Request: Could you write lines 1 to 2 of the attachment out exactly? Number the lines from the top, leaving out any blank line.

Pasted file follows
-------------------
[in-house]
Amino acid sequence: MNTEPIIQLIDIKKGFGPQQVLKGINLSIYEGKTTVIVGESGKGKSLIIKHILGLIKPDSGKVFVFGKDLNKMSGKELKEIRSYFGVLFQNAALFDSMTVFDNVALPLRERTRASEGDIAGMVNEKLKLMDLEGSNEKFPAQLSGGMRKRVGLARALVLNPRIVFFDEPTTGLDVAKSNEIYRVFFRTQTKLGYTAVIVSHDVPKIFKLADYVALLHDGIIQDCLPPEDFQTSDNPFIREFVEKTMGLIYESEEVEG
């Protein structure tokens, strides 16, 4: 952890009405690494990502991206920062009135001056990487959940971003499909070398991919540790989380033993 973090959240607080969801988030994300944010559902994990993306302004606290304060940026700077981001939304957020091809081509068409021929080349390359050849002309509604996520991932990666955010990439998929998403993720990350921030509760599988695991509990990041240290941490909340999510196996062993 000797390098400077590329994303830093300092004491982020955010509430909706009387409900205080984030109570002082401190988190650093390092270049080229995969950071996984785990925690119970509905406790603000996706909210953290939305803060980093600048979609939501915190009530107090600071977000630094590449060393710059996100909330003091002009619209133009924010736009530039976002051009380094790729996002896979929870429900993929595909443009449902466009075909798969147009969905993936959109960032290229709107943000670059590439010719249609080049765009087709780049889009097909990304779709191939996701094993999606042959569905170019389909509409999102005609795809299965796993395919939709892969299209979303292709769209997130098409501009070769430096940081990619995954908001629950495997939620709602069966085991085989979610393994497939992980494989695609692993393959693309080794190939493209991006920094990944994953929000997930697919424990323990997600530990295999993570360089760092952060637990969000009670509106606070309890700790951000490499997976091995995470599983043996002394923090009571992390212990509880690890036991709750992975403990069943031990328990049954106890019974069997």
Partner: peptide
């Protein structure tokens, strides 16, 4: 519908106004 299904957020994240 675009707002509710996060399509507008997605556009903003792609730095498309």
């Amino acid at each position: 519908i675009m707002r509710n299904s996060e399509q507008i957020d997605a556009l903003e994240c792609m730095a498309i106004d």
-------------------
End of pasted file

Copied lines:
[in-house]
Amino acid sequence: MNTEPIIQLIDIKKGFGPQQVLKGINLSIYEGKTTVIVGESGKGKSLIIKHILGLIKPDSGKVFVFGKDLNKMSGKELKEIRSYFGVLFQNAALFDSMTVFDNVALPLRERTRASEGDIAGMVNEKLKLMDLEGSNEKFPAQLSGGMRKRVGLARALVLNPRIVFFDEPTTGLDVAKSNEIYRVFFRTQTKLGYTAVIVSHDVPKIFKLADYVALLHDGIIQDCLPPEDFQTSDNPFIREFVEKTMGLIYESEEVEG